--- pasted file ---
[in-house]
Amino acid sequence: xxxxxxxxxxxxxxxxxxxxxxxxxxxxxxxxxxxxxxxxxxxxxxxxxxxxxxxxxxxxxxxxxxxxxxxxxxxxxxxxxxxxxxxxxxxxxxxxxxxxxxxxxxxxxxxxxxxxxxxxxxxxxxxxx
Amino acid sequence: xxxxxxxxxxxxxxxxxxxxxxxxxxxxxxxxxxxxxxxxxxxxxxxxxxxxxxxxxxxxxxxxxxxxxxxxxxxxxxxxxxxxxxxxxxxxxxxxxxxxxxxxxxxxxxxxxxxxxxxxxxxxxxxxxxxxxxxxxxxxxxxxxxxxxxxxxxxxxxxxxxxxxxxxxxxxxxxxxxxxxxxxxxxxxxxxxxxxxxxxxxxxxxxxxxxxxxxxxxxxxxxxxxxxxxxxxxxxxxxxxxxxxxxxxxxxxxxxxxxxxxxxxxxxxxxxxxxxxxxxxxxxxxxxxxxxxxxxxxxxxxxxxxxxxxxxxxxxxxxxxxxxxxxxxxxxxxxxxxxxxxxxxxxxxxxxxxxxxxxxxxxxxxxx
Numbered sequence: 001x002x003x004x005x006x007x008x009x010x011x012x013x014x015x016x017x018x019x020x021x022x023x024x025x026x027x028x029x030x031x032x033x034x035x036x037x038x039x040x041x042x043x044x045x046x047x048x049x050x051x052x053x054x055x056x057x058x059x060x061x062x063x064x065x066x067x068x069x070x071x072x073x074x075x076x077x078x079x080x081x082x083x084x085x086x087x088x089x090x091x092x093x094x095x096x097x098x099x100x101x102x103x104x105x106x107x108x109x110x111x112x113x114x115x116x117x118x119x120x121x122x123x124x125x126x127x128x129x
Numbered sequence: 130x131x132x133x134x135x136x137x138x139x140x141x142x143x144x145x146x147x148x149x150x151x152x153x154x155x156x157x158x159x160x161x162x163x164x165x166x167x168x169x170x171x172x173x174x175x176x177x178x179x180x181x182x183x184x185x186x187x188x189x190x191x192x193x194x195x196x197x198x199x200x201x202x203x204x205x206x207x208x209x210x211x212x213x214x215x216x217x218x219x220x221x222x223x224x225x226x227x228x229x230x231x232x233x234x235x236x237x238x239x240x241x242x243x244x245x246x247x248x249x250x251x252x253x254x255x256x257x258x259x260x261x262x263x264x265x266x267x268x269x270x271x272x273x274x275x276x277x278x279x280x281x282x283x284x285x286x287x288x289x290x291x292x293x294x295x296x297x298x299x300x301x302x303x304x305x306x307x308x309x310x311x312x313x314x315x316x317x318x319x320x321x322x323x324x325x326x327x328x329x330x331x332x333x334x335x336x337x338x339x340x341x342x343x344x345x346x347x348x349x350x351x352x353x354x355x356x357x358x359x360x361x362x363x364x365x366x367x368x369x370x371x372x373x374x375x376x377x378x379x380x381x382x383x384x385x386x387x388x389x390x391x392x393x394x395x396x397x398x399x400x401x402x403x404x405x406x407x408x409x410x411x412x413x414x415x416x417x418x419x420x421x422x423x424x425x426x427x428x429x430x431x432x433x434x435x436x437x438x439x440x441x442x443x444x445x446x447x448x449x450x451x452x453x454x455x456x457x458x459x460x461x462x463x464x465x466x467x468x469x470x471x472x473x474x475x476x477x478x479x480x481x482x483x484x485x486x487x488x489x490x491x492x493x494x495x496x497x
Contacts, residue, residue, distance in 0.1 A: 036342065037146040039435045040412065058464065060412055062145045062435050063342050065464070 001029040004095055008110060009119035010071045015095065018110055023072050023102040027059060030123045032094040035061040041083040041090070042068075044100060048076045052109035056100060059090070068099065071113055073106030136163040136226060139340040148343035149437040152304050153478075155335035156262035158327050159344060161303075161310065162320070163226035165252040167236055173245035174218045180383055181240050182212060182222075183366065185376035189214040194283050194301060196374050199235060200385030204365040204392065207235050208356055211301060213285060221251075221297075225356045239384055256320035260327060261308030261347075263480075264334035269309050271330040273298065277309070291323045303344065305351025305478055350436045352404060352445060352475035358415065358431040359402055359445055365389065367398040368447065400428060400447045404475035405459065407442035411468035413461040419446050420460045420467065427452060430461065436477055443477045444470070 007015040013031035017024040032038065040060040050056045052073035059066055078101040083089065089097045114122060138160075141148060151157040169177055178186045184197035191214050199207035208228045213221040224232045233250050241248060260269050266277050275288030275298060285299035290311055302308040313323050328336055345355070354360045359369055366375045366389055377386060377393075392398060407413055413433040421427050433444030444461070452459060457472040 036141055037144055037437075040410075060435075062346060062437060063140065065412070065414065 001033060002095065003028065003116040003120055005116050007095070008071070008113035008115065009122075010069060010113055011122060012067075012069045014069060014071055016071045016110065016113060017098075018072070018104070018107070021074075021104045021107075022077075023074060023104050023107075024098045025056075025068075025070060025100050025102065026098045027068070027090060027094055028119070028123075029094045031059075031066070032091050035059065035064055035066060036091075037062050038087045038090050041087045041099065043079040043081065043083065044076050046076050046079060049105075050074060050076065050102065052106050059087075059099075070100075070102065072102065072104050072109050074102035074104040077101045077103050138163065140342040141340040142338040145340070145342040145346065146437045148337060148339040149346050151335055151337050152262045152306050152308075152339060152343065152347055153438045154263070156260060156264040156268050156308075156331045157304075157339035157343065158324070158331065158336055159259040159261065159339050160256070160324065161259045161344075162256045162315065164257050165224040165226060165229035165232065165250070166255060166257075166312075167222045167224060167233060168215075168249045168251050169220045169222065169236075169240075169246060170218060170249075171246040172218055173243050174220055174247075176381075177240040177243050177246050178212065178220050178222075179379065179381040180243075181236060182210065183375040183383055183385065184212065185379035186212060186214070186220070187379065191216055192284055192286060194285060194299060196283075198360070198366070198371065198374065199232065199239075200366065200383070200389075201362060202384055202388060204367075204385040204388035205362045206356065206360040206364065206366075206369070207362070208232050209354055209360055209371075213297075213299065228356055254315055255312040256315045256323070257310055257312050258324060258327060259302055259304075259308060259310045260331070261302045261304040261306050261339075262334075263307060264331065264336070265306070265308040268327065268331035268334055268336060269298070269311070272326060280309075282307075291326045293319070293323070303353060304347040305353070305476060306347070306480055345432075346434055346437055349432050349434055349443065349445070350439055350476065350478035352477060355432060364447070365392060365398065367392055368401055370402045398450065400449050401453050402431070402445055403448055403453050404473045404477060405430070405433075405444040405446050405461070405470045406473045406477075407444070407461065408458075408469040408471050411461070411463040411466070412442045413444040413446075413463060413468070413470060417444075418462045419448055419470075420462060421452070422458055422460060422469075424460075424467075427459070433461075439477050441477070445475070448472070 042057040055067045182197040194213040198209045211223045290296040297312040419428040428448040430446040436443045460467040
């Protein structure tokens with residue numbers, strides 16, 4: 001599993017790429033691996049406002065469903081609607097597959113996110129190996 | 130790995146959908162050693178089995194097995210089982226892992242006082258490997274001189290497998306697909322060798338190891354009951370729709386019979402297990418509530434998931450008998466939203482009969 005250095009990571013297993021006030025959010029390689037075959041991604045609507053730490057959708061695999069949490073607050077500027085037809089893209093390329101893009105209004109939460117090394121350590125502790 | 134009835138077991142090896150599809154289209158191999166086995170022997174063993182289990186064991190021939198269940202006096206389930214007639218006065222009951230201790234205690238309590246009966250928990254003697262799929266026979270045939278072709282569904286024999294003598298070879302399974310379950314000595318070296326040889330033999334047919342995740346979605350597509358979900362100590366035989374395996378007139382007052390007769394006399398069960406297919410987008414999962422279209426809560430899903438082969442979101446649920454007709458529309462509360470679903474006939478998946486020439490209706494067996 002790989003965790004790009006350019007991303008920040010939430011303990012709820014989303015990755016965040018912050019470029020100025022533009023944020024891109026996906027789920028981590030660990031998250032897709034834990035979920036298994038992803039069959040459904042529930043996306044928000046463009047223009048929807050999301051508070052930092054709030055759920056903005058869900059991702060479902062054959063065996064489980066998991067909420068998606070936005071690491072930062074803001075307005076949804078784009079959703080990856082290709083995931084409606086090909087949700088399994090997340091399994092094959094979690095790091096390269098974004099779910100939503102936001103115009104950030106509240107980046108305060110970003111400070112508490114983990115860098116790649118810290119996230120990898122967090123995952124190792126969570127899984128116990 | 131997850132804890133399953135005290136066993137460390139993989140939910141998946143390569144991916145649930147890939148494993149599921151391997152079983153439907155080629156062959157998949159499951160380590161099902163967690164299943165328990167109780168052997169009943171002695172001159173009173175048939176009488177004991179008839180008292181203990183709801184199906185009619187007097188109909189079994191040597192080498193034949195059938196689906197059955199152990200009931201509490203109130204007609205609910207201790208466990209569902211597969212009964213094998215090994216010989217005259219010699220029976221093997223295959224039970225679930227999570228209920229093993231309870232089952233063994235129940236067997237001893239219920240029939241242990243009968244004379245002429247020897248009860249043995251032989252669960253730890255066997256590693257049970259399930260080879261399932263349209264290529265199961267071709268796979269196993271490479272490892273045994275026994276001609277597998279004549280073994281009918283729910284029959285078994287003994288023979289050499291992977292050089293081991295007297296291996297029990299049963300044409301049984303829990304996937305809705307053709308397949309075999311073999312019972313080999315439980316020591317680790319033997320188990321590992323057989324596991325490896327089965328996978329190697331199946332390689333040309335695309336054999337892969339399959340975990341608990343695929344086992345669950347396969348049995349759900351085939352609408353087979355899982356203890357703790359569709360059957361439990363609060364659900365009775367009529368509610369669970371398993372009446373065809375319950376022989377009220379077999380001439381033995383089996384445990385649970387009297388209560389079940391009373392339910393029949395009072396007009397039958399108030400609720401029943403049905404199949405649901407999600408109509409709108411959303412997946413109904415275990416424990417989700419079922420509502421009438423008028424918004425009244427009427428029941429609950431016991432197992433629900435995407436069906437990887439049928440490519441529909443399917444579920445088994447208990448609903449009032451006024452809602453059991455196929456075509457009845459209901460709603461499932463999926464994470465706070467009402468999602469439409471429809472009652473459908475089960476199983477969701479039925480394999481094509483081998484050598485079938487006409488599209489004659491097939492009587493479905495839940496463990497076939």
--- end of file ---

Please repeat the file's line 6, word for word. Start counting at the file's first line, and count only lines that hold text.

Contacts, residue, residue, distance in 0.1 A: 036342065037146040039435045040412065058464065060412055062145045062435050063342050065464070 001029040004095055008110060009119035010071045015095065018110055023072050023102040027059060030123045032094040035061040041083040041090070042068075044100060048076045052109035056100060059090070068099065071113055073106030136163040136226060139340040148343035149437040152304050153478075155335035156262035158327050159344060161303075161310065162320070163226035165252040167236055173245035174218045180383055181240050182212060182222075183366065185376035189214040194283050194301060196374050199235060200385030204365040204392065207235050208356055211301060213285060221251075221297075225356045239384055256320035260327060261308030261347075263480075264334035269309050271330040273298065277309070291323045303344065305351025305478055350436045352404060352445060352475035358415065358431040359402055359445055365389065367398040368447065400428060400447045404475035405459065407442035411468035413461040419446050420460045420467065427452060430461065436477055443477045444470070 007015040013031035017024040032038065040060040050056045052073035059066055078101040083089065089097045114122060138160075141148060151157040169177055178186045184197035191214050199207035208228045213221040224232045233250050241248060260269050266277050275288030275298060285299035290311055302308040313323050328336055345355070354360045359369055366375045366389055377386060377393075392398060407413055413433040421427050433444030444461070452459060457472040 036141055037144055037437075040410075060435075062346060062437060063140065065412070065414065 001033060002095065003028065003116040003120055005116050007095070008071070008113035008115065009122075010069060010113055011122060012067075012069045014069060014071055016071045016110065016113060017098075018072070018104070018107070021074075021104045021107075022077075023074060023104050023107075024098045025056075025068075025070060025100050025102065026098045027068070027090060027094055028119070028123075029094045031059075031066070032091050035059065035064055035066060036091075037062050038087045038090050041087045041099065043079040043081065043083065044076050046076050046079060049105075050074060050076065050102065052106050059087075059099075070100075070102065072102065072104050072109050074102035074104040077101045077103050138163065140342040141340040142338040145340070145342040145346065146437045148337060148339040149346050151335055151337050152262045152306050152308075152339060152343065152347055153438045154263070156260060156264040156268050156308075156331045157304075157339035157343065158324070158331065158336055159259040159261065159339050160256070160324065161259045161344075162256045162315065164257050165224040165226060165229035165232065165250070166255060166257075166312075167222045167224060167233060168215075168249045168251050169220045169222065169236075169240075169246060170218060170249075171246040172218055173243050174220055174247075176381075177240040177243050177246050178212065178220050178222075179379065179381040180243075181236060182210065183375040183383055183385065184212065185379035186212060186214070186220070187379065191216055192284055192286060194285060194299060196283075198360070198366070198371065198374065199232065199239075200366065200383070200389075201362060202384055202388060204367075204385040204388035205362045206356065206360040206364065206366075206369070207362070208232050209354055209360055209371075213297075213299065228356055254315055255312040256315045256323070257310055257312050258324060258327060259302055259304075259308060259310045260331070261302045261304040261306050261339075262334075263307060264331065264336070265306070265308040268327065268331035268334055268336060269298070269311070272326060280309075282307075291326045293319070293323070303353060304347040305353070305476060306347070306480055345432075346434055346437055349432050349434055349443065349445070350439055350476065350478035352477060355432060364447070365392060365398065367392055368401055370402045398450065400449050401453050402431070402445055403448055403453050404473045404477060405430070405433075405444040405446050405461070405470045406473045406477075407444070407461065408458075408469040408471050411461070411463040411466070412442045413444040413446075413463060413468070413470060417444075418462045419448055419470075420462060421452070422458055422460060422469075424460075424467075427459070433461075439477050441477070445475070448472070 042057040055067045182197040194213040198209045211223045290296040297312040419428040428448040430446040436443045460467040